Mad Ave. gets serious about drama

'Kevin Hill,' 'Jack & Bobby' intrigue ad buyers for fall

NEW YORK — Madison Ave. doesn’t need to go to Las Vegas to gamble. It has the new TV sked to bet on.

“There are shows you can bet the house on, and a handful that are snake eyes out of the gate,” Carat USA director of programming Shari Anne Brill says regarding the line-up of shows presented by the nets during the May upfronts.

While the rest of the world mourns the comatose state of the sitcom biz, Brill and several other buyers point out that there are several promising dramas on the new TV sked.

“Some are here to stay and have the makings of a hit written all over them,” Brill says.

The handful of media buyers surveyed by Variety for this story did not want their names used, but rep agencies including Magna Global USA, MindShare, OMD and Carat USA. Here’s their take on the freshmen class of shows:


  • CBS’ “CSI: NY” and NBC’s “Law & Order: Trial by Jury” are without a doubt the gold standard for media buyers. They say there is no safer bet than the brand expansions of “CSI” and “Law & Order.”

  • UPN’s “Kevin Hill,” starring Taye Diggs as a Casanova lawyer suddenly in charge of his baby niece was the runaway drama hit of the upfronts.

    “It’s the best drama pilot I’ve seen so far,” says Magna Global USA senior VP Steve Sternberg, who is also director of Global’s audience analysis.

  • CBS also wowed the upfront crowd with its new drama “Clubhouse,” about a batboy. The operative words: “cute” and “good for families,” two phrases advertisers are eager to hear, particularly with the latest indecency crackdown.

  • The WB’s drama “Jackn&nBobby,” very loosely based on the boyhoods of John and Robert Kennedy, also commanded immediate interest.

  • NBC’s sitcom “Joey,” the much-anticipated “Friends” spinoff starring Matt LeBlanc, made a strong showing. NBC bowed the entire pilot for buyers and advertisers, and concerns that the character of Joey couldn’t carry a show were eased, particularly by the character of Joey’s sister, played by Drea de Matteo, whose character was just offed on “The Sopranos.”

    “There’s nothing to drive advertisers away. It won’t get ‘Friends’-type ratings, but it will do well,” Sternberg says.

  • ABC’s sitcom “Savages” about a single father and his sons. As far as Sternberg is concerned, it’s the best comedy around.


  • ABC’s reality show “Wife Swap,” which has two moms switching homes. Media buyers said the name was misleading, and some advertisers might be worried about the sexual connotation. At the same time, it might be that very connotation that draws people to the show, which airs Wednesday at 10 p.m.

    “They have a potential franchise on their hands with this one,” one buyer says.

  • ABC drama “Desperate Housewives” is a sort of “Melrose Place” meets “Twin Peaks” Buyers say there’s nothing else like it on television. Also, with the movie remake of “Stepford Wives” hitting theaters, the timing couldn’t be better.

  • The new TV sked brings another new reality twist –boxing, with NBC and Fox both launching their own versions. NBC has “The Contender, hosted by Sylvester Stallone of “Rocky Fame,” while Fox has “The Next Great Champ,” hosted by super-welterweight champ Oscar de la Hoya.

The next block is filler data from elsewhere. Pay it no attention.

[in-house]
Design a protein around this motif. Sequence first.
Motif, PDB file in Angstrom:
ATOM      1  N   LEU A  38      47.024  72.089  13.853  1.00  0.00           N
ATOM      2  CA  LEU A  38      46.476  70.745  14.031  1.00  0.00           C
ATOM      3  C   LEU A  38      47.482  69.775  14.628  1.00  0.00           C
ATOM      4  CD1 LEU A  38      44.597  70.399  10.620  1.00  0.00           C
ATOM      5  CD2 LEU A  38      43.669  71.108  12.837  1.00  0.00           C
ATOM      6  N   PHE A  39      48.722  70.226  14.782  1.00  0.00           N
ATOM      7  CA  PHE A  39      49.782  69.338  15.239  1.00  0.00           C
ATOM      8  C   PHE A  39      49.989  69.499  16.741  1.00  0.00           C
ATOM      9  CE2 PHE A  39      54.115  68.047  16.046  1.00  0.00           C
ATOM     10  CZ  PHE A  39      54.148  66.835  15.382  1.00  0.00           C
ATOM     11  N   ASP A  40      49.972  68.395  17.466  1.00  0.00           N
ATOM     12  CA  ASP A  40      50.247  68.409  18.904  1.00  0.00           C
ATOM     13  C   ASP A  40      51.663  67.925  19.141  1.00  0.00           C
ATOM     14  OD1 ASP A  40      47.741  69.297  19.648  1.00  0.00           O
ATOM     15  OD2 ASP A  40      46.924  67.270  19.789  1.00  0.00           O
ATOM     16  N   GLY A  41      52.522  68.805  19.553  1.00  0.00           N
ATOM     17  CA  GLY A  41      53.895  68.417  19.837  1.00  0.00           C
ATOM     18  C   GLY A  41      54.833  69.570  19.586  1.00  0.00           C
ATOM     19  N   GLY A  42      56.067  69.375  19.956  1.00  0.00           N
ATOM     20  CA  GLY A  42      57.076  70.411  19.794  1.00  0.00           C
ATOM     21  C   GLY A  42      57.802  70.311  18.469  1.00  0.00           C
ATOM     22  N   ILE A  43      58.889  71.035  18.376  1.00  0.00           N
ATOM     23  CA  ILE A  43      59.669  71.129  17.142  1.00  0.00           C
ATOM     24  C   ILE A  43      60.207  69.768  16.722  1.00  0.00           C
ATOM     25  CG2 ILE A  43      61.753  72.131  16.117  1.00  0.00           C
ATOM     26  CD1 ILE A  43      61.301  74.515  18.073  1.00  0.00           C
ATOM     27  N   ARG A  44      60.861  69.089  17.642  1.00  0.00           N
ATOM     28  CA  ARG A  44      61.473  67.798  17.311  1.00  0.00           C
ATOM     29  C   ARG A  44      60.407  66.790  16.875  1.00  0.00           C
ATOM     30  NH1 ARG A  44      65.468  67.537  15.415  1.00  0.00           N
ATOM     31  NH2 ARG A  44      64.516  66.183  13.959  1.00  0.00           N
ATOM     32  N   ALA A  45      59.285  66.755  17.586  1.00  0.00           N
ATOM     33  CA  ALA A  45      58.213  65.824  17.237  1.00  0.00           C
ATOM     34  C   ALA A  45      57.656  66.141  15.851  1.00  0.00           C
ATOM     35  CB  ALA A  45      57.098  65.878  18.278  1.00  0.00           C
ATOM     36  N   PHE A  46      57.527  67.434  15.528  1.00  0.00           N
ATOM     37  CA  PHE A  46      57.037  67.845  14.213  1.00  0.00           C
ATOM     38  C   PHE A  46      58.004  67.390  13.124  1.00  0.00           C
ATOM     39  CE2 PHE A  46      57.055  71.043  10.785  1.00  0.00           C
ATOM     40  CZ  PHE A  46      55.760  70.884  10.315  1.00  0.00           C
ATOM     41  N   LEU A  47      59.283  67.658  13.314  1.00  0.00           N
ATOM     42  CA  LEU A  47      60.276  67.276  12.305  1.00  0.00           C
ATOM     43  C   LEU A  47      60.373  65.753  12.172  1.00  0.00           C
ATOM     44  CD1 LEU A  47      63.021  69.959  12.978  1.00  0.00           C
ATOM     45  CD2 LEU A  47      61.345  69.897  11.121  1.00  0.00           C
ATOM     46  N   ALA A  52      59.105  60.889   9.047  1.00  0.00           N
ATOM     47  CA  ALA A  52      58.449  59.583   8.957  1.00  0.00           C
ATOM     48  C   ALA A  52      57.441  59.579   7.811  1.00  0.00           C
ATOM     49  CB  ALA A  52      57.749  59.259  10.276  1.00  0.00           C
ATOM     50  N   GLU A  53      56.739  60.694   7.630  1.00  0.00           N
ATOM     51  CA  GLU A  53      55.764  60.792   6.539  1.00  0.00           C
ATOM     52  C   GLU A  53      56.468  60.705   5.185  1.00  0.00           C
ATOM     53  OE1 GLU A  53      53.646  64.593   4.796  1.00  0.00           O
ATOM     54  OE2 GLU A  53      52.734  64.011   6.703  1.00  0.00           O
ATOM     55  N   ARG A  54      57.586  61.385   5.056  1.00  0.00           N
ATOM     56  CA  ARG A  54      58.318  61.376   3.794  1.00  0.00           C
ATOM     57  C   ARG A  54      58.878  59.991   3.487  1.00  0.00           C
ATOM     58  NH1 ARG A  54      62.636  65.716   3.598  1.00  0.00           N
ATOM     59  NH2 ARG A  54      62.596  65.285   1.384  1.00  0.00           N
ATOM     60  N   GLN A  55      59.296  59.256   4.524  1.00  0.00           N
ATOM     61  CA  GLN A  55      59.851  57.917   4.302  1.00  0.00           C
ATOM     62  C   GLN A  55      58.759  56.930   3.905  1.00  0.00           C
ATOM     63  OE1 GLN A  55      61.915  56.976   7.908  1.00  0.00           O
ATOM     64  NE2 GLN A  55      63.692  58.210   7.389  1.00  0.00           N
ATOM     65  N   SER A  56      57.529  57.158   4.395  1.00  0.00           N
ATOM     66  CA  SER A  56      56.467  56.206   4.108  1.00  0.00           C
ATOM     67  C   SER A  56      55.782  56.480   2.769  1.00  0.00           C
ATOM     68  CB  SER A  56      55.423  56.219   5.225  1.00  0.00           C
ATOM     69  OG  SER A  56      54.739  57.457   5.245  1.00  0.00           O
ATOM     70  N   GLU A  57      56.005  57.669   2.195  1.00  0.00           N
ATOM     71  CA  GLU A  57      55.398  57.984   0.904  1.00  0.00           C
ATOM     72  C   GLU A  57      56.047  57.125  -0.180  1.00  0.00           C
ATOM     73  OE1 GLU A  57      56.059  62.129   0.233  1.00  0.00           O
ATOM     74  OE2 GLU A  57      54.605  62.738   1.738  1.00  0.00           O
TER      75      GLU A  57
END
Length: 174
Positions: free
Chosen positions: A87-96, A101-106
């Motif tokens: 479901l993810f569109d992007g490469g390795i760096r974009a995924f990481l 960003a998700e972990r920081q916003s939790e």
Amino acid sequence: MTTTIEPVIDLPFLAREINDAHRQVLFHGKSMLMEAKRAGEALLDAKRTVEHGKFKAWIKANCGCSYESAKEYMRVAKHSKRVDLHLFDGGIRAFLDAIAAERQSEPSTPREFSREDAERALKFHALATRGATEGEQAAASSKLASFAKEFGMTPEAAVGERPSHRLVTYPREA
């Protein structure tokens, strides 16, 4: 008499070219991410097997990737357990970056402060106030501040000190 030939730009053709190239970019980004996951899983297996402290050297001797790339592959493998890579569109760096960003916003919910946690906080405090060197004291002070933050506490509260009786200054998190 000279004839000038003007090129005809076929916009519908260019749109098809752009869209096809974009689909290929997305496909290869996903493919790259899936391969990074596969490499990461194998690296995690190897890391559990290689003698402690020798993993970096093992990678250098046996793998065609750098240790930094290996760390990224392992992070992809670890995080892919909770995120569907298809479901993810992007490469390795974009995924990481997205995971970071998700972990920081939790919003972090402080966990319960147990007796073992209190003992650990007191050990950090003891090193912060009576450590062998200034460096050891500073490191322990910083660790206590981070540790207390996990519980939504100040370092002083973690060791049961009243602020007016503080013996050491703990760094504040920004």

Buyers say both shows are intriguing, but they worry that boxing isn’t a big advertiser draw, save for a few categories (think beer). They say “The Contender” may have wider appeal, since creator Mark Burnett is known for his story-telling ability. Buyers say “Champ” may appeal more to boxing purists since the winner will fight for an existing title.

  • Yes, there are two “Apprentice” copycats on the new TV sked, ABC’s “The Benefactor” with Internet maven Mark Cuban and Fox’s “The Billionaire: Branson’s Quest for the Best” with Virgin’s Brit Richard Branson.

    Media buyers were lukewarm-to-cool about “Benefactor,” and only slightly warmer about “Billionaire,” saying Branson’s — gulp — zest for life might have some appeal but that neither host is the Donald.


    • NBC animated show “Father of the Pride,” the CGI-series from DreamWorks Television, drew big thumbs down.

      Series tells the story of a pride of lions working on the Las Vegas show “Siegfried & Roy” — which was shuttered last year after Roy Horn was attacked by a lion onstage.

      Based on clips shown at NBC’s upfront sesh, buyers said the animation looked poor and also questioned whether it was in bad taste to put the show on the air at all.

      “I don’t care how much they try to spin it as an adult comedy. It doesn’t feel like an NBC show,” Sternberg says.

    • CBS’ drama “Dr. Vegas,” starring Rob Lowe as a doctor at a Sin City casino. Show will air Friday at 10 p.m., going up against another new medical drama, NBC’s “Medical Investigations.” Buyers say the storyline may not be able to sustain itself. And between the two shows, they’re placing their bets on NBC.

    • CBS’ sitcom “Listen Up,” starring “Seinfeld” co-star Jason Alexander. Media buyers crowding into CBS’ upfront presentation grumbled that Alexander wasn’t believable in the role. He plays a sports talkshow host and columnist struggling to earn the respect of his family. Still, the show has an ideal timeslot, Monday at 8:30 p.m., preceding “Everyone Loves Raymond.”

    • WB’s sketch comedy “Blue Collar TV.” Buyers say the Southern-fried humor doesn’t work.

    • WB’s improv show “Drew Carey’s Green Screen Show,” which follows “Blue Collar.” Media buyers observe the show, which puts standup comedians against an ever-changing animated backdrop, is too surreal.